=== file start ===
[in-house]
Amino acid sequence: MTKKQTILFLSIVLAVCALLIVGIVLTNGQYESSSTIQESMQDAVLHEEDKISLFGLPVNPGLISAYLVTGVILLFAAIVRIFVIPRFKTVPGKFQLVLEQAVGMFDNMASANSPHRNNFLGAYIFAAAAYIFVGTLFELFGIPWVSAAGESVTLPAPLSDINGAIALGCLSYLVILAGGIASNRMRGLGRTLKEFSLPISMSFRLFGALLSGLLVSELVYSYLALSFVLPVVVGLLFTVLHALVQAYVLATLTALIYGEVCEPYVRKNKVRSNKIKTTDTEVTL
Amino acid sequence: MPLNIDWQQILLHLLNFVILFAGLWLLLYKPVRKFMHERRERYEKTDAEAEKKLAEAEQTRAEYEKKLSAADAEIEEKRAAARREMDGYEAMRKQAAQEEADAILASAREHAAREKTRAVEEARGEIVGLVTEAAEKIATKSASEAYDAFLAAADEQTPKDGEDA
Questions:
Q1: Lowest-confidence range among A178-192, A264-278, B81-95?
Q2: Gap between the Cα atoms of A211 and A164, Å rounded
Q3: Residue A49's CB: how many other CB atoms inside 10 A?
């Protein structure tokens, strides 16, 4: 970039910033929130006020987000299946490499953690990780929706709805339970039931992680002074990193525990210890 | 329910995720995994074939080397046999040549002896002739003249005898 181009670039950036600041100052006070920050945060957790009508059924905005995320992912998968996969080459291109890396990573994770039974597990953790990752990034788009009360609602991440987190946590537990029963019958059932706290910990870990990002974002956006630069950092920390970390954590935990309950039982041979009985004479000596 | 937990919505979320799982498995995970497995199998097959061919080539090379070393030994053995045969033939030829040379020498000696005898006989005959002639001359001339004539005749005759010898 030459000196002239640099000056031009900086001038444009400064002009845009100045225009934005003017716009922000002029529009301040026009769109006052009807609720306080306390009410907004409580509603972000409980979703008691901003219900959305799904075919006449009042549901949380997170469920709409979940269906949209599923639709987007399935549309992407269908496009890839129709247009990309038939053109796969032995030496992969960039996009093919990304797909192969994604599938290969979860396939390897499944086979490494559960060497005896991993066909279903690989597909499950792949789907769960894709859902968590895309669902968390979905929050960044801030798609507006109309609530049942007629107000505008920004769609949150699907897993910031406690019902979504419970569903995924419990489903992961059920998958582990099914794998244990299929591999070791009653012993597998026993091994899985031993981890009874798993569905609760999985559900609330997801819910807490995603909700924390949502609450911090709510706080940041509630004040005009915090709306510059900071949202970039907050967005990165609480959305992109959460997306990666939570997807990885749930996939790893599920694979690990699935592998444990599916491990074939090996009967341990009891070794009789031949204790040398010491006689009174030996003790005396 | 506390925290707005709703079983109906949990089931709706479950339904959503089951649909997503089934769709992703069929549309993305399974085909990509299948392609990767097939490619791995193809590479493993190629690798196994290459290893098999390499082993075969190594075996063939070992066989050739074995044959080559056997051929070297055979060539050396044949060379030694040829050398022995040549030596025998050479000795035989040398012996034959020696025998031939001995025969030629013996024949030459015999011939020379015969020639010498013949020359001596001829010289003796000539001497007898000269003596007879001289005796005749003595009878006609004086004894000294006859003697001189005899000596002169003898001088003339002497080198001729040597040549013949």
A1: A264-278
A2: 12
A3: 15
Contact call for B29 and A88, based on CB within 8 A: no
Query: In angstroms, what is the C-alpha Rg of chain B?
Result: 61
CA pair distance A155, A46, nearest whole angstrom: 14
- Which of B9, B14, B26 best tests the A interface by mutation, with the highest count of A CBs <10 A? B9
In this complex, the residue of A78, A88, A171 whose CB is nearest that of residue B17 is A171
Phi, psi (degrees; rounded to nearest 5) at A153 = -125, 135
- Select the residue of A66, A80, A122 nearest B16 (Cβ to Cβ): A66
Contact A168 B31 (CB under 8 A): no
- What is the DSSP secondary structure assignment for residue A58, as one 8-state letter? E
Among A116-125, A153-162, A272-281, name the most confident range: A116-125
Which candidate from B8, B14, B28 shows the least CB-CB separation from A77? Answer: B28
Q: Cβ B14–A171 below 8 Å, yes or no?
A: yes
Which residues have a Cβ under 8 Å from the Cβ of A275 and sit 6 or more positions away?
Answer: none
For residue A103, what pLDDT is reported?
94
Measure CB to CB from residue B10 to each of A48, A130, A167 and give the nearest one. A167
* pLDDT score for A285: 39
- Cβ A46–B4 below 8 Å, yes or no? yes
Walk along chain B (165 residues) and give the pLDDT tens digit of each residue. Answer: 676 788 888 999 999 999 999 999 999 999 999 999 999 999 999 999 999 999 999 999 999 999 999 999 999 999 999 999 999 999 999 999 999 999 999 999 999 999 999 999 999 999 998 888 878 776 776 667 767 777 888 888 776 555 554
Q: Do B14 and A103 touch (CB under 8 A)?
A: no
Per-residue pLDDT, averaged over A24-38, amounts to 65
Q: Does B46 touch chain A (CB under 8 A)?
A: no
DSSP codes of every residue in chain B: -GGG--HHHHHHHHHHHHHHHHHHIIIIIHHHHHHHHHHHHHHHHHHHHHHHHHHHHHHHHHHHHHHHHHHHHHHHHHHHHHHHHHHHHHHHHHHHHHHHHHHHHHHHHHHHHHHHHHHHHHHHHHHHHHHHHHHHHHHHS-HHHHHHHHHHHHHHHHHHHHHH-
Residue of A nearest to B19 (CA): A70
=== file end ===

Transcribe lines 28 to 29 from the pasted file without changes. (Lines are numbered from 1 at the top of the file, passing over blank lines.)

For residue A103, what pLDDT is reported?
94